7. [Hernia surgery in urology: part 1: inguinal, femoral and umbilical hernias - fundamentals of clinical diagnostics and treatment].

    Science.gov (United States)

    Franz, T; Schwalenberg, T; Dietrich, A; Müller, J; Stolzenburg, J-U

    2013-05-01

    Hernias are a common occurrence with correspondingly huge clinical and economic impacts on the healthcare system. The most common forms of hernia which need to be diagnosed and treated in routine urological work are inguinal and umbilical hernias. With the objective of reconstructing and stabilizing the inguinal canal there are the possibilities of open and minimally invasive surgery and both methods can be performed with suture or mesh repair. Indications for surgery of umbilical hernias are infrequent although this is possible with little effort under local anesthesia. This article presents an overview of the epidemiology, pathogenesis, clinical symptoms, diagnostics and therapy of inguinal, femoral and umbilical hernias.

  8. Ovarian Spigelian hernia: A radiological diagnosis

    International Nuclear Information System (INIS)

    Hill, Ciaran Scott; Chahil, Balvinder; Marlow, Benjamin

    2012-01-01

    We describe that case of a 54 year old lady with achondroplasia who presented with ongoing left sided abdominal pain. Ultrasound and abdominal computerized tomography images demonstrated an enlarged left ovary and Fallopian tube trapped between the rectus abdominus and the lateral semilunar line under cover of the external oblique aponeurosis. A left sided salpingoophrectomy with mesh herniorrhaphy was performed and histological analysis confirmed the hernia contents were a hydrosalpinx and normal ovary. This case report presents the unusual radiographic images and intraoperative photographs of an ovarian Speglian hernia.

  9. Case Report: De Garengeot’s hernia. Appendicitis within femoral hernia. Diagnosis and surgical management

    Directory of Open Access Journals (Sweden)

    Agustin Sibona, MD

    2016-01-01

    Conclusion: Although rare, the finding of a strangulated appendix within a femoral hernia represents a challenge. Here we present a case that may guide the surgeon who faces a similar case in the future.

  10. The clinical effects of closure of the hernia gap after laparoscopic ventral hernia repair:

    DEFF Research Database (Denmark)

    Christoffersen, Mette W; Westen, Mikkel; Assadzadeh, Sami

    2014-01-01

    randomised controlled trials. The primary purpose of this paper is to compare early post-operative activity-related pain in patients undergoing laparoscopic ventral hernia repair with closure of the gap with patients undergoing standard laparoscopic ventral hernia repair (non-closure of the gap). Secondary...... outcomes are patient-rated cosmesis and hernia-specific quality of life. METHODS: A randomised, controlled, double-blinded study is planned. Based on power calculation, we will include 40 patients in each arm. Patients undergoing elective laparoscopic umbilical, epigastric or umbilical trocar-site hernia...... repair at Hvidovre Hospital and Herlev Hospital, Denmark, are invited to participate. CONCLUSION: The gap closure technique may induce more post-operative pain than the non-closure repair, but it may also be superior with regard to other important surgical outcomes. No studies have previously...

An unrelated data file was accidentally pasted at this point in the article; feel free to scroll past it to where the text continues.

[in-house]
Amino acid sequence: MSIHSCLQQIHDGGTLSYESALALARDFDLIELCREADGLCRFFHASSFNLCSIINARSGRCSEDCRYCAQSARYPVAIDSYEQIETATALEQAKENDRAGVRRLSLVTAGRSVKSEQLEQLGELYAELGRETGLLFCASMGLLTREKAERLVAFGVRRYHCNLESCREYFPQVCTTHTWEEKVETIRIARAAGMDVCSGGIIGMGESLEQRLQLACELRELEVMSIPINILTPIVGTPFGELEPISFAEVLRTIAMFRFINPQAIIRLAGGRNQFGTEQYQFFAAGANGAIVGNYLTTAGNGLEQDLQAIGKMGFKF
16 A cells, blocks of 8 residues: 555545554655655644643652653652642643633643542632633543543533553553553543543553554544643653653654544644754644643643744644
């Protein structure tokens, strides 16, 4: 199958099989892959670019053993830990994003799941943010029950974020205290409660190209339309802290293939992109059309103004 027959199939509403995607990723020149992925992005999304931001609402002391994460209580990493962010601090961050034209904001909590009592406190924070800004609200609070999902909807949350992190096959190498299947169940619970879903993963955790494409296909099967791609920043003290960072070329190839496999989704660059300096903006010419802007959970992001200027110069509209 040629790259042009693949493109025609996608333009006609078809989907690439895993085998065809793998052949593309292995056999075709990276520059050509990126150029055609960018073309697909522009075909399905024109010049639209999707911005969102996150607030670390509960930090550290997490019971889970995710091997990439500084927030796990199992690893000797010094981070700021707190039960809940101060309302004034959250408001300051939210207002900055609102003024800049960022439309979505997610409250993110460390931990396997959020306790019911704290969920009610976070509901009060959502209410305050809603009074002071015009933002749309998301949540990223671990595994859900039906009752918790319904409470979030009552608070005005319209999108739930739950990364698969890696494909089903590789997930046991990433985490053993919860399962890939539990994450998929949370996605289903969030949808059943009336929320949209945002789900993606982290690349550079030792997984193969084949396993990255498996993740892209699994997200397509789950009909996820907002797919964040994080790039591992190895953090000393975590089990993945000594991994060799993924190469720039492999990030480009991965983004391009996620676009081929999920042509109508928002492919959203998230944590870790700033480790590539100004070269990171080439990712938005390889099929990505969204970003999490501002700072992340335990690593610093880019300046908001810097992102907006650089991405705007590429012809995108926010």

11. Amyand’s Hernia – Vermiform Appendix in an Inguinal Hernia: A Rare Finding

    Directory of Open Access Journals (Sweden)

    Prakash Kumar Sahoo

    2017-10-01

    Full Text Available A variety of surprises may spring up when the sac is opened in an inguinal hernia. Omentum, bowel diverticulum, ovary, fallopian tube, urinary bladder, large bowel, Meckel’s diverticulum or foreign bodies being the varied contents of a hernia sac. The presence of vermiform appendix in the hernia sac in an inguinal hernia is a rare finding. This condition has been named as “Amyand’s Hernia” in the honour of an English surgeon, Claudius Amyand. A diagnosis preoperatively is difficult and is most often made intraoperatively. We report here a 52-year-old patient who presented with acute intestinal obstruction due to an obstructed right sided inguinal hernia. A diagnosis of Amyand’s hernia was confirmed when on exploration appendix along with a part of ascending colon was found to be content of the sac along with a few loops of small bowel. The contents were reduced after checking the viability and Bassini’s repair was done. The patient had an uneventful postoperative period.

  12. Shouldice Versus Lichtenstein Hernia Repair Techniques: A ...

    African Journals Online (AJOL)

    inguinal hernia surgery and to determine to what extent doctors in ... The inclusion criteria was men between 18 ... length and a minimal amount of purulent material expressed ... examination and personal interview; done by the ... *Values are mean (standard deviation). ... a shorter time, reflecting the ease of the operation is.

  13. Femoral Hernia At Mulago Hospital, Uganda

    African Journals Online (AJOL)

    user

    2004-12-02

    Dec 2, 2004 ... consecutive patients operated for femoral hernia over a period of twelve months. Results: There were ... The age ranged from 42 years to 70 years old with a mean of 54.6 years old. All the .... cholecystectomy. At this point in ...

  14. THE mSTORY OF GROIN HERNIA*

    African Journals Online (AJOL)

    1971-07-03

    Jul 3, 1971 ... this simple test is omitted from the section on hernias in most of the general surgical ... step in the operation was to separate the external oblique from the internal ... Cambridge: Harvard University Press. 2. Galen, 2nd Century ...

  15. SCHISTOSOMAL APPENDICITIS IN A SLIDING HERNIA (CASE ...

    African Journals Online (AJOL)

    We report a rare case of a forty-seven year old Nigeria male with schistosomal appendicitis in a sliding hernia. The clinical and pathological features of the case are discussed, followed by a review of the literature. It is concluded that a high index of suspicion is necessary to diagnose unusual presentations of ...